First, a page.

Service wouldn't want to be involved in this, take a look at
Domestic CIA and FBI Mail Opening
from the Church Committee Reports of 1975. As postal officials well know,
from the 1878 Supreme Court decision in Ex Parte Jackson, 96 U.S. 727,733:
Letters and sealed packages of this kind in the mail are as fully guarded
from examination and inspection, except as to their outward form and
weight, as if they were retained by the parties forwarding them in their
own domiciles. The constitutional guaranty of the right of the people to
be secure in their papers against unreasonable searches and seizures
extends to their papers, thus closed against inspection, wherever they
may be. Whilst in the mail, they can only be opened and examinedunder
like warrant, issued upon similar oath or affirmation, particularly
describing the thing to be seized, as is required when papers are
subjected to search in one's own household. No law of Congress can place
in the hands of officials connected with the postal service any authority
to invade the secrecy of letters and such sealed packages in the mail;
and all regulations adopted as to mail matter of this kind must be in
subordination to the great principle embodied in the fourth amendment of
From: John Wilmerding
US Citizen Seeks Asylum From US Police
Ritt Goldstein is living 'underground' in Sweden because he has received
threats against his life from US police.
In 1995, this justice of the peace and self-made millionaire launched a
movement in Connecticut against police brutality and misconduct, which
included a civilian review board with the power to make changes. The
police responded with a campaign against him -- his home and office were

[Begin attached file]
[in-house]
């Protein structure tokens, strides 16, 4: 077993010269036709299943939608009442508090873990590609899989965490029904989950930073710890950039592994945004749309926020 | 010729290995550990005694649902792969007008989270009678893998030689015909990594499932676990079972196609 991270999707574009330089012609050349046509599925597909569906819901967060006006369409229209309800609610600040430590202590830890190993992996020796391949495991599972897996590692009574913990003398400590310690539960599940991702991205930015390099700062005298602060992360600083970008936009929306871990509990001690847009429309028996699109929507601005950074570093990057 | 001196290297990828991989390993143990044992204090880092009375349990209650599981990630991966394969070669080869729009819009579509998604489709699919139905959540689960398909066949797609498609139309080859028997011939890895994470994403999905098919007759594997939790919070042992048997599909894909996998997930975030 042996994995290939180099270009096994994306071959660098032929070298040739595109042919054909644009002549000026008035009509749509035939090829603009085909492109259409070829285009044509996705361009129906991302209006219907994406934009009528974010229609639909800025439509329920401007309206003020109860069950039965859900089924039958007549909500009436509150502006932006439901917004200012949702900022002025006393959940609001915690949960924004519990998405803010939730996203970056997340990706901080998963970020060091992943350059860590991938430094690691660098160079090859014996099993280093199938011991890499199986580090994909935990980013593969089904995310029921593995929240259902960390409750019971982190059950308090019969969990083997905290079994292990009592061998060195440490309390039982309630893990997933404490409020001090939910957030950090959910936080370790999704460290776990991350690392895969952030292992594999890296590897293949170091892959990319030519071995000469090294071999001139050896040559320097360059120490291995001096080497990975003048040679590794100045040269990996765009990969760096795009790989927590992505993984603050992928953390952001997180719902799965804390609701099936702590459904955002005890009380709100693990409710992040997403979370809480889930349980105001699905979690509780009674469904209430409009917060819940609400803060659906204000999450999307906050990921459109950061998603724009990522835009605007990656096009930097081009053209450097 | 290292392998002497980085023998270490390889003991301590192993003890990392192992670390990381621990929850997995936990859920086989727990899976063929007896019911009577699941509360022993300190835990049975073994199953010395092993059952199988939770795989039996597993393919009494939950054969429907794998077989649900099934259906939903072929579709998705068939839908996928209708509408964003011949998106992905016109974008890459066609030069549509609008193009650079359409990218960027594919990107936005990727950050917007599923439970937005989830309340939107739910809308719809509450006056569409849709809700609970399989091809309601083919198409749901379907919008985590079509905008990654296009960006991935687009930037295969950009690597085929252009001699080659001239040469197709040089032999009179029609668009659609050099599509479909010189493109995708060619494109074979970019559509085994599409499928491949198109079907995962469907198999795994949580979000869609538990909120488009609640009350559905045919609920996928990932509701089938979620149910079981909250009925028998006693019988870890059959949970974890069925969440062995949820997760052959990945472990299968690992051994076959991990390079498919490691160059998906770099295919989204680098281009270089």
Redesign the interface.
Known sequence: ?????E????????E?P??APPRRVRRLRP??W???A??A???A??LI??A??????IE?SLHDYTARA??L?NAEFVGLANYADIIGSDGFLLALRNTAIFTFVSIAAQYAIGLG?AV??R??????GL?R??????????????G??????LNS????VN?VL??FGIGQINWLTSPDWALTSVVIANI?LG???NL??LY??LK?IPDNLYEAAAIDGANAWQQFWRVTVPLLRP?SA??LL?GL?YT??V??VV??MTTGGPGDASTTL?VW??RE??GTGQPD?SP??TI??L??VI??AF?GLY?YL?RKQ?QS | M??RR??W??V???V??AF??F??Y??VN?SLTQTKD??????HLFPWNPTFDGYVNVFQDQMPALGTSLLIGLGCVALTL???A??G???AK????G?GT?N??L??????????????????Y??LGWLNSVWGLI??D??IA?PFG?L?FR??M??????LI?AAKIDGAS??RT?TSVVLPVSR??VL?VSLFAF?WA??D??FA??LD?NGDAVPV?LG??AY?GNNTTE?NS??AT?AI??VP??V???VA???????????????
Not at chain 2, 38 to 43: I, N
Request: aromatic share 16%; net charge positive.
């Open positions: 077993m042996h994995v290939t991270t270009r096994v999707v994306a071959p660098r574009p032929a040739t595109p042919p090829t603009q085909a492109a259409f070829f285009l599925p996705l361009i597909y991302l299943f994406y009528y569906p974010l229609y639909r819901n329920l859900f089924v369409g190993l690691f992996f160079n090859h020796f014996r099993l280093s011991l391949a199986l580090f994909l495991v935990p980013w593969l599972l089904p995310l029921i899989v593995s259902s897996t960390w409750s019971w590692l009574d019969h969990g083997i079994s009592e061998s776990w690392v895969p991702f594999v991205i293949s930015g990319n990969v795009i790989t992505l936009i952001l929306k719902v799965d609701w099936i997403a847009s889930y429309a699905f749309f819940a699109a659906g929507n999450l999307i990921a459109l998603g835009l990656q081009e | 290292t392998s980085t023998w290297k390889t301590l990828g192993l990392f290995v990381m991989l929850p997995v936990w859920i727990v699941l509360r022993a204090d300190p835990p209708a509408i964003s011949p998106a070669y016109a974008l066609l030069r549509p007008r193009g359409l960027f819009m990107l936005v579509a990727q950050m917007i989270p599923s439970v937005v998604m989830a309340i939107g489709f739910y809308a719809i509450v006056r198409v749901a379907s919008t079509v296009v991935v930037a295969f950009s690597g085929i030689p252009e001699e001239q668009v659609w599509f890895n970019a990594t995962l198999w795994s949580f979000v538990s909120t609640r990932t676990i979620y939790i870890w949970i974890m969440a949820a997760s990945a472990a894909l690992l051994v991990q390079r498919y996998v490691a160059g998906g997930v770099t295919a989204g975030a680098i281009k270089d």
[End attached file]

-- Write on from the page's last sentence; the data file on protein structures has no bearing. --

ransacked, his car tampered with. He has been pepper sprayed, MACED and
shot at. "Civilian review is an idea that will immediately inspire
violent reaction from the police," said Connecticut State Police
Association spokesman Dave McCluskey.
Following six months of this treatment, with his health in decline and
friends urging him to flee, Ritt sought political asylum in Sweden in
July 1997. With ample evidence supporting his claims about his
treatment in the US, he awaited, what he thought, would be an automatic
offer of permanent asylum in Sweden.
In a move that stunned Amnesty International and other human rights
groups, Sweden's Immigration Board did not challenge the facts of
Ritt's claim but said that there is no need for asylum because the US
is an "internationally recognized democracy with a just legal system."
Sweden's Alien Appeals Board upheld this decision which led to an
order for his immediate deportation to the US. Ritt immediately went
into hiding in Sweden as his case slowly grinds its way toward the
European Court of Justice in Strasbourg. He has been described as
"the man who fled the US in search of freedom."
While Ritt's case receives little attention in the US, it has set off
a wide debate in Europe. His supporters suspect that the Swedish
immigration service simply does not want to embarrass the US by
granting him asylum.
You can understand why because there's a lot more at stake than Ritt's
safety. If the world's most powerful nation can be called to task for
human rights violations, then the behavior of every nation is able to
be questioned: Germany's treatment of the Turks, the French of the